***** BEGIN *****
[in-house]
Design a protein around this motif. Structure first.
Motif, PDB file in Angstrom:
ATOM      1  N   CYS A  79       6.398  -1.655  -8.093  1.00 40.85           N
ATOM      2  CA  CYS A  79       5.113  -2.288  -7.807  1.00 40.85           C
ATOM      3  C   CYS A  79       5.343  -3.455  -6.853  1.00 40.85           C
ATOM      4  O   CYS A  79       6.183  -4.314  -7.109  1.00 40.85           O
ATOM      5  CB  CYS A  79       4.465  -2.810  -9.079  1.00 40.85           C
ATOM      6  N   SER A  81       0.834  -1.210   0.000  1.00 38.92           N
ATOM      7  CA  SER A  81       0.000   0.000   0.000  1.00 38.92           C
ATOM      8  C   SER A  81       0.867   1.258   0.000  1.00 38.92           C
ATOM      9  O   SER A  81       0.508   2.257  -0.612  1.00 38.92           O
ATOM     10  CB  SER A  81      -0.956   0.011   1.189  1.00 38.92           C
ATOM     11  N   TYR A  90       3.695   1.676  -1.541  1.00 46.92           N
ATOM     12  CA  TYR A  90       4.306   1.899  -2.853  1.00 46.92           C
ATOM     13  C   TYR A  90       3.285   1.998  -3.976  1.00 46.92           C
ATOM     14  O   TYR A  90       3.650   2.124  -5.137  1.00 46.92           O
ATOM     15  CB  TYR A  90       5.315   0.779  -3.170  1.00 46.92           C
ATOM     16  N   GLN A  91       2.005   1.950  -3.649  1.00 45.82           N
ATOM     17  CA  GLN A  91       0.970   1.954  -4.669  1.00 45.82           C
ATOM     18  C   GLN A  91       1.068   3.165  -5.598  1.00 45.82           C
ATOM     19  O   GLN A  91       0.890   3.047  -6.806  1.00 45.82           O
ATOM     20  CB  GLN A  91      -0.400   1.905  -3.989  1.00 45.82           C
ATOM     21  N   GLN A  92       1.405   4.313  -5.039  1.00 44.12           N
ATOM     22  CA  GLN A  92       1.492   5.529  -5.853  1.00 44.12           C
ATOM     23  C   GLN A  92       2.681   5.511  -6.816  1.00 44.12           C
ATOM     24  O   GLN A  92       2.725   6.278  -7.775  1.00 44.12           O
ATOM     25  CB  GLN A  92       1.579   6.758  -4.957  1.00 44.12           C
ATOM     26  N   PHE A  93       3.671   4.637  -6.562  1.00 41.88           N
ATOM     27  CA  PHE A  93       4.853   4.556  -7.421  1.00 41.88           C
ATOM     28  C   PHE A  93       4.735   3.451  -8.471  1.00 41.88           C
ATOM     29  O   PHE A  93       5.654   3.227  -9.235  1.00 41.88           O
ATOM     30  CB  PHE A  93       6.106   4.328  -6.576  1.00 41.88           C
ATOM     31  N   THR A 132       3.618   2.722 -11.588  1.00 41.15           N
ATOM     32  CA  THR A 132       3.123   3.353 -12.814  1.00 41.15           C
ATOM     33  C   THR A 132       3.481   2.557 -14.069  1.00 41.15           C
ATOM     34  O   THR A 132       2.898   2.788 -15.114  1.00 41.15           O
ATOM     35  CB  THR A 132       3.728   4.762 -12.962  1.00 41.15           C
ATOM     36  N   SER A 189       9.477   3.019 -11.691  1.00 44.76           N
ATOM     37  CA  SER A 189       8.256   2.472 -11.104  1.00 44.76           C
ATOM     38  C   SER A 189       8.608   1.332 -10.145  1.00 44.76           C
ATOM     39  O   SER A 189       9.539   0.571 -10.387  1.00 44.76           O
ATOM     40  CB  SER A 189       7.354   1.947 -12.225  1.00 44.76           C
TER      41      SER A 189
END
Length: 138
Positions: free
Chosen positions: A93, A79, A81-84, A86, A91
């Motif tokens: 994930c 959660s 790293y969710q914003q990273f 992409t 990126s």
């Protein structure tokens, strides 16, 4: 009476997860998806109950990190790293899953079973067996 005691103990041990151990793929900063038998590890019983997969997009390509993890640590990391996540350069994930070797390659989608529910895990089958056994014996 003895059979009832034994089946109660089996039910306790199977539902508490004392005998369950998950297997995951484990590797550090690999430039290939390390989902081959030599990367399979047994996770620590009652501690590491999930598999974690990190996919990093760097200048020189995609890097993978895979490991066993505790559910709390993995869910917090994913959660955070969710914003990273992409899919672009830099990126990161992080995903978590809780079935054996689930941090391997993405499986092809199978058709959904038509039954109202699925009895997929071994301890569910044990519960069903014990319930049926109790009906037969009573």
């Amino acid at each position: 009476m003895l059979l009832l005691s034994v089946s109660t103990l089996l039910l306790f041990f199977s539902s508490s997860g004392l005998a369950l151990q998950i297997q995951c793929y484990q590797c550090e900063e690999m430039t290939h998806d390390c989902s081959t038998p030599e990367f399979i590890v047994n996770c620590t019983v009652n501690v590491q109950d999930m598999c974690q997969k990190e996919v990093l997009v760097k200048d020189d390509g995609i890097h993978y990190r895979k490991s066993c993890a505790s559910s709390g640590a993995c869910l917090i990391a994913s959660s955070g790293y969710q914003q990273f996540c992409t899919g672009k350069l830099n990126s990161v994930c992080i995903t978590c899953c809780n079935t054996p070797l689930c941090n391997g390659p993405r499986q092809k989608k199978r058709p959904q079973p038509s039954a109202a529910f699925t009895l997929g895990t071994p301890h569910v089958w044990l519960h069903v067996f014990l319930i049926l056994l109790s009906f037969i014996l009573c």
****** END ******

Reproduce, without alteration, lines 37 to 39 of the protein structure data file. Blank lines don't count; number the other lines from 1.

ATOM     34  O   THR A 132       2.898   2.788 -15.114  1.00 41.15           O
ATOM     35  CB  THR A 132       3.728   4.762 -12.962  1.00 41.15           C
ATOM     36  N   SER A 189       9.477   3.019 -11.691  1.00 44.76           N